AI shows promise as first reader in breast cancer screening

A commercial AI system achieved high marks as a first reader in double-reader settings for breast cancer screening, a Danish study published December 20 in Cancer Imaging found.

Researchers led by Mohammad Elhakim, MD, from Odense University Hospital found that a standalone AI system achieved high specificity as a first reader and for combined reading, along with moderate sensitivity for both reading scenarios. Integrated AI meanwhile overall improved sensitivity compared with combined reading, albeit with lower specificity.

“Replacing the first reader in double reading with AI could be feasible, but choosing an appropriate AI threshold is crucial to maintaining cancer detection accuracy and workload,” Elhakim and colleagues wrote.

While double reading in breast cancer screening is used in Europe, radiologist shortages and capacity issues could hinder the feasibility of this method. With this in mind, the Danish Health Authority in 2022 recommended replacing first readers in double reading settings with AI if the technology is proven to be efficient.

Elhakim and co-authors studied the effectiveness of a commercially available AI system (Transpara version 1.7.0, ScreenPoint Medical BV) in a Danish screening population. They assessed the system’s detection accuracy in two scenarios, standalone and integrated screening replacing the first reader. They also compared the results with those of first reading and combined reading.

The team included data from 257,671 screening mammograms performed between 2014 and 2018. It also applied two AI-score cutoff points by matching the average first reader sensitivity (AI sensitivity) and specificity (AI specificity).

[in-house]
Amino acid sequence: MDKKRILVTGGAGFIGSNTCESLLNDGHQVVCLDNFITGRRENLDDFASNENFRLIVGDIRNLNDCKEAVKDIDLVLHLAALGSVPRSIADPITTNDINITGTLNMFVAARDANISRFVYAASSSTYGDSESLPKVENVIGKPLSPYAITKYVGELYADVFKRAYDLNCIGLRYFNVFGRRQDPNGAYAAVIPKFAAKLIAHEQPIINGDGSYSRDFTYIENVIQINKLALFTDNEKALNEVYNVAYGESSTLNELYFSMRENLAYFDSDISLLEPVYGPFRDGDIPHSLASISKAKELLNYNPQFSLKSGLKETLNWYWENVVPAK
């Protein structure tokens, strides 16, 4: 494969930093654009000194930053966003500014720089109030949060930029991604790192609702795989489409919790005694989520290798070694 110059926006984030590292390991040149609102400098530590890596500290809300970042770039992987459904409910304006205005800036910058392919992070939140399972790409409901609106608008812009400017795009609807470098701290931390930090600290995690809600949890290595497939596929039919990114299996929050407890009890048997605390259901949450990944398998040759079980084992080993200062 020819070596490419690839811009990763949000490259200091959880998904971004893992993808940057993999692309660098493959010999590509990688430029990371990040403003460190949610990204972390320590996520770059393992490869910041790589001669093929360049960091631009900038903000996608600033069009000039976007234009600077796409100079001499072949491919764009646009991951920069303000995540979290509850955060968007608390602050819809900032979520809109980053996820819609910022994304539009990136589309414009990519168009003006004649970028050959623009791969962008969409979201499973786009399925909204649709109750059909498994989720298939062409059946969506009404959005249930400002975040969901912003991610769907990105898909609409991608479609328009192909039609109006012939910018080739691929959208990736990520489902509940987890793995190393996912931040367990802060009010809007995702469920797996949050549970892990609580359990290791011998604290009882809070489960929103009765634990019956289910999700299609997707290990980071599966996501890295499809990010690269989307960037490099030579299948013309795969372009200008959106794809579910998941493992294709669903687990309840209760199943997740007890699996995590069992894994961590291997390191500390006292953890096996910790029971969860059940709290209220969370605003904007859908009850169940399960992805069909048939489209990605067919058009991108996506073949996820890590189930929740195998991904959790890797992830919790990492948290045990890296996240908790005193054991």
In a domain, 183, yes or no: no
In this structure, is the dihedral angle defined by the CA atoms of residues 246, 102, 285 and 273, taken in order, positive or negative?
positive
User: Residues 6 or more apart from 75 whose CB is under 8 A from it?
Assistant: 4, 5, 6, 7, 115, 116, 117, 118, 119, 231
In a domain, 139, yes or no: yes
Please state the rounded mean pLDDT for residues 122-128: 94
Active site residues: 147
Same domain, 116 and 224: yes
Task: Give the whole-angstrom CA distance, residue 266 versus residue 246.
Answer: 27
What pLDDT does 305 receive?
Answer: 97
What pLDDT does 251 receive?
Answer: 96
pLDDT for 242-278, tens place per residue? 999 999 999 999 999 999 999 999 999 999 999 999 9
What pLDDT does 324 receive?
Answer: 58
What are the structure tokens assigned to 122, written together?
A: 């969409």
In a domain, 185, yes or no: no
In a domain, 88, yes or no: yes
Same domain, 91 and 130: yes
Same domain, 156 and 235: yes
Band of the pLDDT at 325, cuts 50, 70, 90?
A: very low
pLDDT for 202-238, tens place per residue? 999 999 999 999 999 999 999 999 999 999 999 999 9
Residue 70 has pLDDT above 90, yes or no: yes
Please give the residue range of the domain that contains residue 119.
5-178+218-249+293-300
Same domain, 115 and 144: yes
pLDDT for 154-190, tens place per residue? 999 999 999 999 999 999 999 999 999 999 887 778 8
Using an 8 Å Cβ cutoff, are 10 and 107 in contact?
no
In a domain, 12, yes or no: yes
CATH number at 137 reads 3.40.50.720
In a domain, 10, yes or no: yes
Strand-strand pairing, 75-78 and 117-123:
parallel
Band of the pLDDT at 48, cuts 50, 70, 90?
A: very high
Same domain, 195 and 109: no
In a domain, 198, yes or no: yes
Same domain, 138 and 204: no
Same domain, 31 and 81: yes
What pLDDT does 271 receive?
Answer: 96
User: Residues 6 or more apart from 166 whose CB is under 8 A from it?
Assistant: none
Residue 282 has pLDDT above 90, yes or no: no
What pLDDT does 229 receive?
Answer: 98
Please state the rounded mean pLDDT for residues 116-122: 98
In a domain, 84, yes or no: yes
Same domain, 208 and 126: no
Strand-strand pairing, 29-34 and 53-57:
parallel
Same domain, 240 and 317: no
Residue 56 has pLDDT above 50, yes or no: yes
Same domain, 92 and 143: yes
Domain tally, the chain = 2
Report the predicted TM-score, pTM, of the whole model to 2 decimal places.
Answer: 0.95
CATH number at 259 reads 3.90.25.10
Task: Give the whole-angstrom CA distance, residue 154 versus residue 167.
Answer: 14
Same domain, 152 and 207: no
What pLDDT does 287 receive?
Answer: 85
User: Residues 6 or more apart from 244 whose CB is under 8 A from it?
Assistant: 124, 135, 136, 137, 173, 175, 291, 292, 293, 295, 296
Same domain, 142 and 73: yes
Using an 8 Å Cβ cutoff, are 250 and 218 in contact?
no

The researchers reported that standalone AI (sensitivity) showed a lower specificity and positive predictive value (PPV), as well as a higher recall rate compared with the first reader measures (p < 0.0001 for all). Meanwhile, standalone AI (specificity) showed a lower sensitivity (p < 0.0001), PPV (p = 0.01), and negative predictive value (NPV, p = 0.0002).

Compared with combined reading, integrated AI (sensitivity) achieved higher sensitivity (p = 0.0004), lower specificity, and PPV, as well as higher recall and arbitration rates (p < 0.0001 for all).

Performance of AI in double reading setting
Standalone AI Integrated AI
First reader AI (sensitivity) AI (specificity) Combined reading AI (sensitivity) AI (specificity)
Sensitivity 63.7% 63.7% 58.6% 73.9% 76.2% 74.6%
Specificity 97.8% 96.5% 97.8% 97.9% 97.3% 97.9%
Positive predictive value 18.7% 12.6% 17.4% 22% 18.1% 22%
Negative predictive value 99.7% 99.7% 99.7% 99.8% 99.8% 99.8%
Recall rate (per 1,000 screens) 2.7 4 2.7 2.7 3.3 2.7
Arbitration rate N/A N/A N/A 2.9 5.1 4
AI (sensitivity) refers to the AI score cut-off point matched at average first reader sensitivity. AI specificity refers to the AI score cut-off point matched at mean first reader specificity.

Also, aside from a slightly higher arbitration rate, integrated AI showed no significant difference in any outcome measures. Subgroup analyses also showed higher detection of interval cancers by standalone AI and integrated AI at both thresholds (p < 0.0001 for all). This included varieties of composition among detected cancers across multiple subgroups of tumor characteristics.

The study authors also noted that this included “a general tendency of lower accuracy for screen-detected cancers and higher accuracy for interval cancers.”

“Discrepancies in cancers detected by the AI system and radiologists could be harnessed to improve detection accuracy of particular subtypes of interval cancers by applying AI for decision support in double reading,” they wrote.

The full study can be found here.

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